A University of York spin-out company is aiming to produce a novel treatment created from engineered human stem cells in the fight against arthritic disease in both adults and children.
Rheumatoid arthritis impacts just under half a million adults and children in the UK, causing joint pain and inflammation of the hands, knees, elbows, ankles, and/or wrists. It is categorised as an autoimmune disease, which means that instead of fighting germs and viruses, the body’s immune system attacks its own body cells.
Current therapies for the disease involve easing pain and inflammation, but they lack the combined actions of reducing inflammation and protecting the tissue from further damage.
The new company, called Mesenbio, will address this issue with a new treatment based on nano-sized ‘messengers’ created from engineered human stem cells that not only curb inflammation but can kick-start the process of regenerating damaged tissue.
Professor Paul Genever, from the University of York’s Biomedical Research Institute and Co-Founder of Mesenbio, said: “We have been developing this method of treatment for a decade now, with support from Versus Arthritis, and it has proved successful in laboratory tests, but this new company will allow us to move toward human clinical trials.
“Our research has focused on extracellular vesicles or EVs, which are nano-sized structures released from cells that have therapeutic properties. We have been able to engineer these structures from human stem-cells to target its anti-inflammatory and tissue-regeneration capabilities, which is what you need to treat arthritis – the ability to take away the pain but also repair the damage.”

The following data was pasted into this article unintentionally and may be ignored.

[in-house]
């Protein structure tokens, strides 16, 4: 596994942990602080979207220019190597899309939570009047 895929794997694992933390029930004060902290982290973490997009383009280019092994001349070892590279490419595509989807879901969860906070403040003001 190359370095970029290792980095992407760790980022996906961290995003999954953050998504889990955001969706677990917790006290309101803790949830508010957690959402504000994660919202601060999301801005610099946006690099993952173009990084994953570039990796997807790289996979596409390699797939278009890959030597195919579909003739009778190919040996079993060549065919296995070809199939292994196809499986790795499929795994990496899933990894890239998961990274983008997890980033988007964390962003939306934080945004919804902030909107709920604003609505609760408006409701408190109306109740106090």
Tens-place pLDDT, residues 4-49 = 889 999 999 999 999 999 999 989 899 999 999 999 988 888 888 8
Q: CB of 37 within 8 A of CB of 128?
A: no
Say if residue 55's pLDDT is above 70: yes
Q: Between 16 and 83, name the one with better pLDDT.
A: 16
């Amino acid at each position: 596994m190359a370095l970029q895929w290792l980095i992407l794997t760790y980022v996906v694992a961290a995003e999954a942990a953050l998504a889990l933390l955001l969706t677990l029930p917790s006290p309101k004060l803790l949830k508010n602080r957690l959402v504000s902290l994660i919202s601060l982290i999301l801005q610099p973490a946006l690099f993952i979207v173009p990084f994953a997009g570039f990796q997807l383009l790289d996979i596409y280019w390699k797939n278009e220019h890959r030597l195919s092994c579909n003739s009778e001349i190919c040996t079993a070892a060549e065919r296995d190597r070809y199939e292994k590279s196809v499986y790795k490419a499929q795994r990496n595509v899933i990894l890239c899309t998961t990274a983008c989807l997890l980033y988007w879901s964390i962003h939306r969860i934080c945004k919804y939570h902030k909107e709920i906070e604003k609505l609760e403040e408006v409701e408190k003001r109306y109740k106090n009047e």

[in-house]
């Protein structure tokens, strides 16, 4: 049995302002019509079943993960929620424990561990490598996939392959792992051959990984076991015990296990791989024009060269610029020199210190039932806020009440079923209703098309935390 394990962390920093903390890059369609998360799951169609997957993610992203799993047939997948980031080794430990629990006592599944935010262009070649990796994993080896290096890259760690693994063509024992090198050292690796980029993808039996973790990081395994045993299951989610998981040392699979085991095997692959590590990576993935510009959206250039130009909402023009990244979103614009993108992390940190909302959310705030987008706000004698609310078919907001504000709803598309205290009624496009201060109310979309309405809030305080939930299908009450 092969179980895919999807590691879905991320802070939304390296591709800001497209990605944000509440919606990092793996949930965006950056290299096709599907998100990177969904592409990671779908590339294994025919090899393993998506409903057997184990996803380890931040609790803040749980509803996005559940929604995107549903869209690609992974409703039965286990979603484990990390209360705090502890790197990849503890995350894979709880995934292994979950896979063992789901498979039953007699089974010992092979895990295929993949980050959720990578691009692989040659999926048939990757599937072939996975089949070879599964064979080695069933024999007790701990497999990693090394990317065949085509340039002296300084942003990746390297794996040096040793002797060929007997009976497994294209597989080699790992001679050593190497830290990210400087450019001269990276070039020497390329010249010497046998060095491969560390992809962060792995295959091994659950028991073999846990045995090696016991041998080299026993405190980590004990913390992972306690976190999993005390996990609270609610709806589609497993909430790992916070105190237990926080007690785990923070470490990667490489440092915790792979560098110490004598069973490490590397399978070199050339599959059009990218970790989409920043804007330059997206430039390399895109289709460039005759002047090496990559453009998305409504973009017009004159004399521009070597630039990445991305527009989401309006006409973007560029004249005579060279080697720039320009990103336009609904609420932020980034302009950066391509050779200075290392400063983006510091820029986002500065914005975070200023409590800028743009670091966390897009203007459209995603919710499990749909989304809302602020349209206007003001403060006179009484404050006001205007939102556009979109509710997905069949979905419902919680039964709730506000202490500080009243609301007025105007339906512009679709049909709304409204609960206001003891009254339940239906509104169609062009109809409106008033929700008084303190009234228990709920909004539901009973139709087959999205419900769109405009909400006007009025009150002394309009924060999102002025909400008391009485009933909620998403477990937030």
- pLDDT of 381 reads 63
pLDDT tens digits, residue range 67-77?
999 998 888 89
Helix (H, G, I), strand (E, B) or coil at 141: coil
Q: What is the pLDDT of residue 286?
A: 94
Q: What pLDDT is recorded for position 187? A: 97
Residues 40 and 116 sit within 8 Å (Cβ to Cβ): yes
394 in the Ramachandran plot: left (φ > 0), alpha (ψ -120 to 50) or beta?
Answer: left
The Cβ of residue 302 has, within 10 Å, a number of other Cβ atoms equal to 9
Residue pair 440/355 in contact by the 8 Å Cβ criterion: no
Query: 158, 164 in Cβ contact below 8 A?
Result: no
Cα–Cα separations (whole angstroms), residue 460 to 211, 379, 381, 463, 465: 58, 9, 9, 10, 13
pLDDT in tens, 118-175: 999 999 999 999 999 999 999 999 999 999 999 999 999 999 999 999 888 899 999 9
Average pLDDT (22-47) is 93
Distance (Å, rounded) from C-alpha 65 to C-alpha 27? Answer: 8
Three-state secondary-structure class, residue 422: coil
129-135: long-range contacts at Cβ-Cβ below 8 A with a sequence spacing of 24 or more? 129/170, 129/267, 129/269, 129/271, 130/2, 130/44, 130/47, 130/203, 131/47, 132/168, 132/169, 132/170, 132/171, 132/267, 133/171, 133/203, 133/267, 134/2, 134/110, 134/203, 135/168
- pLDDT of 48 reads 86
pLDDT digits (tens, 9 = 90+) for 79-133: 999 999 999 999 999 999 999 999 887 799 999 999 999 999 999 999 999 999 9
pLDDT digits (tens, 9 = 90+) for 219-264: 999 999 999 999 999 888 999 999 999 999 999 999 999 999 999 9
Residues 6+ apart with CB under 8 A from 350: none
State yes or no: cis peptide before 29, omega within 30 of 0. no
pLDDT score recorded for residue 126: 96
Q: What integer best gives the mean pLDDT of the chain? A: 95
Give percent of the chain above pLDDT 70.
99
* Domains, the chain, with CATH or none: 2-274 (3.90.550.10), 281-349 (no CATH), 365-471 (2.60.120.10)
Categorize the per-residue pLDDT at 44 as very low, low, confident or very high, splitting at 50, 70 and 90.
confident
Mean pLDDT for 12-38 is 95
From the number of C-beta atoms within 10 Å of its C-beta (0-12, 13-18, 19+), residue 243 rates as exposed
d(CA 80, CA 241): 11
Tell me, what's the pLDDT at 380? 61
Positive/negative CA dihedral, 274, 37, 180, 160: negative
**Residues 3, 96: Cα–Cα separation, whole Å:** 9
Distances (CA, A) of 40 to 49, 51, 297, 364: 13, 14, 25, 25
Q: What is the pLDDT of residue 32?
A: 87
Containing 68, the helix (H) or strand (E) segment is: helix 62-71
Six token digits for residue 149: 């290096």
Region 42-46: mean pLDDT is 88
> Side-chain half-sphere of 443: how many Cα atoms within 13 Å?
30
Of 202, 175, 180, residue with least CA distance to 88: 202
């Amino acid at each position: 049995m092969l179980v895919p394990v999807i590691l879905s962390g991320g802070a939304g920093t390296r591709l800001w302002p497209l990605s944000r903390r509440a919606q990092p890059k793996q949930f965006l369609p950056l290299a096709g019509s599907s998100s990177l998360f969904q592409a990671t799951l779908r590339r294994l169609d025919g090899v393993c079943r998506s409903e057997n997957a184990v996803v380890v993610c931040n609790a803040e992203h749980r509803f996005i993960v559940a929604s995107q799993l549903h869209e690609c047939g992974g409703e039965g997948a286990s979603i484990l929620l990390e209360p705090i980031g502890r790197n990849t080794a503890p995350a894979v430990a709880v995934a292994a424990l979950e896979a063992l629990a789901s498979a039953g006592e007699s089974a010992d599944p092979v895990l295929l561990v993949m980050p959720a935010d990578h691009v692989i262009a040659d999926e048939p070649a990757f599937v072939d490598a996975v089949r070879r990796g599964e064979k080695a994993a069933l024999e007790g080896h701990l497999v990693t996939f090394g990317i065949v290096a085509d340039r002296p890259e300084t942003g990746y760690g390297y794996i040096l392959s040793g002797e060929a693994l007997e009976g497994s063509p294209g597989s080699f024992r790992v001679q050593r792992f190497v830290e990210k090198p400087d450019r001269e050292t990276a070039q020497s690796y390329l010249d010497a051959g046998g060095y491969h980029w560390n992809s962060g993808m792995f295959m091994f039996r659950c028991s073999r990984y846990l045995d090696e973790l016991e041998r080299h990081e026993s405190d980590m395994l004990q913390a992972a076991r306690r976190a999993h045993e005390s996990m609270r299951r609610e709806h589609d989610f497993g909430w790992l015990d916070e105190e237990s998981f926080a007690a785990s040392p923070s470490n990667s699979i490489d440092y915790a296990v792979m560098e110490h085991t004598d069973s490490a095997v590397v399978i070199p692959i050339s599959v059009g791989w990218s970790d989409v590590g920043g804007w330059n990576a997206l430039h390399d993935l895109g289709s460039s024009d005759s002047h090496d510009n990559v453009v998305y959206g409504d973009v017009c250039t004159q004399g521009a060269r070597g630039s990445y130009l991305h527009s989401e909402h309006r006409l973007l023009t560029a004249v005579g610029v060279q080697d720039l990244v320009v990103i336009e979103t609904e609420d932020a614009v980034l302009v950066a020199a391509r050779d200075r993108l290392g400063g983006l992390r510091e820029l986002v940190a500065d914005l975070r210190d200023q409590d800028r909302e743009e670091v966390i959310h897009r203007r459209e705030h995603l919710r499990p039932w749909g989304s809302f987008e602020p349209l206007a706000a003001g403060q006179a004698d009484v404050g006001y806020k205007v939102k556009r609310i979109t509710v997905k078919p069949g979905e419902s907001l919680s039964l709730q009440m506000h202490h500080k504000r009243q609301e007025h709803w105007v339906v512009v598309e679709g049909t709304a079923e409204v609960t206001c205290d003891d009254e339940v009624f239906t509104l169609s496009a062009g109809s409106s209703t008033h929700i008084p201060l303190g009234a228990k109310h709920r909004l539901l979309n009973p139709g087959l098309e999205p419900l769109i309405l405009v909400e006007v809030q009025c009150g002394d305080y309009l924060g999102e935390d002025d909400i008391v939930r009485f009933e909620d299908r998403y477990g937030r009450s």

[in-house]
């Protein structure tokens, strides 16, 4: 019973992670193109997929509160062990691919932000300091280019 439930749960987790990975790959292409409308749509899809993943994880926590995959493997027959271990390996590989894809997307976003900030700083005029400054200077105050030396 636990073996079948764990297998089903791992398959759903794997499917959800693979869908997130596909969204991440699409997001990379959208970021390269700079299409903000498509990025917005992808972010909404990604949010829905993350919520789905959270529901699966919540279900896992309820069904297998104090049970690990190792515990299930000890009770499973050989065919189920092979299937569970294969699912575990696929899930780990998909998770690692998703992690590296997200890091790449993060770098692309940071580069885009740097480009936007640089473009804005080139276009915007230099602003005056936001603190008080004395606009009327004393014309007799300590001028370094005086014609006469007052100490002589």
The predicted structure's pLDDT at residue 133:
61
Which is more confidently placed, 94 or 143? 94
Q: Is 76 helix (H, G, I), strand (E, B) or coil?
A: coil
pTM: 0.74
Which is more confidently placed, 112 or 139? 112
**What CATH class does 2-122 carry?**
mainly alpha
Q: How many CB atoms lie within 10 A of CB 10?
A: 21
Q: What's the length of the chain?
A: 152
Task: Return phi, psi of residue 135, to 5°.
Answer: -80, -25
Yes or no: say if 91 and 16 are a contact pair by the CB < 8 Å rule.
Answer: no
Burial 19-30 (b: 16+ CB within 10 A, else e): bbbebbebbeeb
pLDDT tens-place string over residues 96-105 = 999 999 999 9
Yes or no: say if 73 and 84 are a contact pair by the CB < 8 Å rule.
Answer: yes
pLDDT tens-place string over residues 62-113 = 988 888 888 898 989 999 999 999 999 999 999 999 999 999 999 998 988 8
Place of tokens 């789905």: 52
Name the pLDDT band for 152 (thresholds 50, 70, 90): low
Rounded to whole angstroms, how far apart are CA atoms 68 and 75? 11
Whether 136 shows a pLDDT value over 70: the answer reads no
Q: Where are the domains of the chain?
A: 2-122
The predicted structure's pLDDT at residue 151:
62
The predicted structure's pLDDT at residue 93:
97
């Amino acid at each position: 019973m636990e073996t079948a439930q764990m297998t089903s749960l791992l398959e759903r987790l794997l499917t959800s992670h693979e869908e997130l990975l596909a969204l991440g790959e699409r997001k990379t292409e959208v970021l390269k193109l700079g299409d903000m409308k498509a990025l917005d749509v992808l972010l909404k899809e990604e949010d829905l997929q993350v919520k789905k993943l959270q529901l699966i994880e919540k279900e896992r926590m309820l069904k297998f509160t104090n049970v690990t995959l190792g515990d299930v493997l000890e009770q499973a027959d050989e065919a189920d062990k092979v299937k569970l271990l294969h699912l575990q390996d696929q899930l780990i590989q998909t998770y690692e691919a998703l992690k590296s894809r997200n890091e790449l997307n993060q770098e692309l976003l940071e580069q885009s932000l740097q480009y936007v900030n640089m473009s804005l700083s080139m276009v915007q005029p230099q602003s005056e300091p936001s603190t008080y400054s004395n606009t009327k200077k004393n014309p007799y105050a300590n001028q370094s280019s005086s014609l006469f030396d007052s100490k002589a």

Current uses of EVs relies on donor cells, but their effectiveness as a treatment can vary from patient-to-patient. Engineering human stem cells allows scientists to enhance the characteristics of EVs that are most significant to arthritis treatment and produce them at scale in the laboratory.
Dr David Kuntin, from the University of York and CEO of Mesenbio, said: “This method and its scalability makes it much more likely we can create a drug that can be administered via injection that can not only halt the damage to tissue, but repair and reduce the immune system overreaction.
“We know this works in a laboratory setting and our new company will allow us to get to human trials in a reasonable timescale, so that we can look to the future of what this new therapeutic might mean for clinicians and crucially patients of this debilitating condition.”
Mesenbio is supported by £1.4 million funding from Innovate UK and investors including DSW Ventures and NG Bio.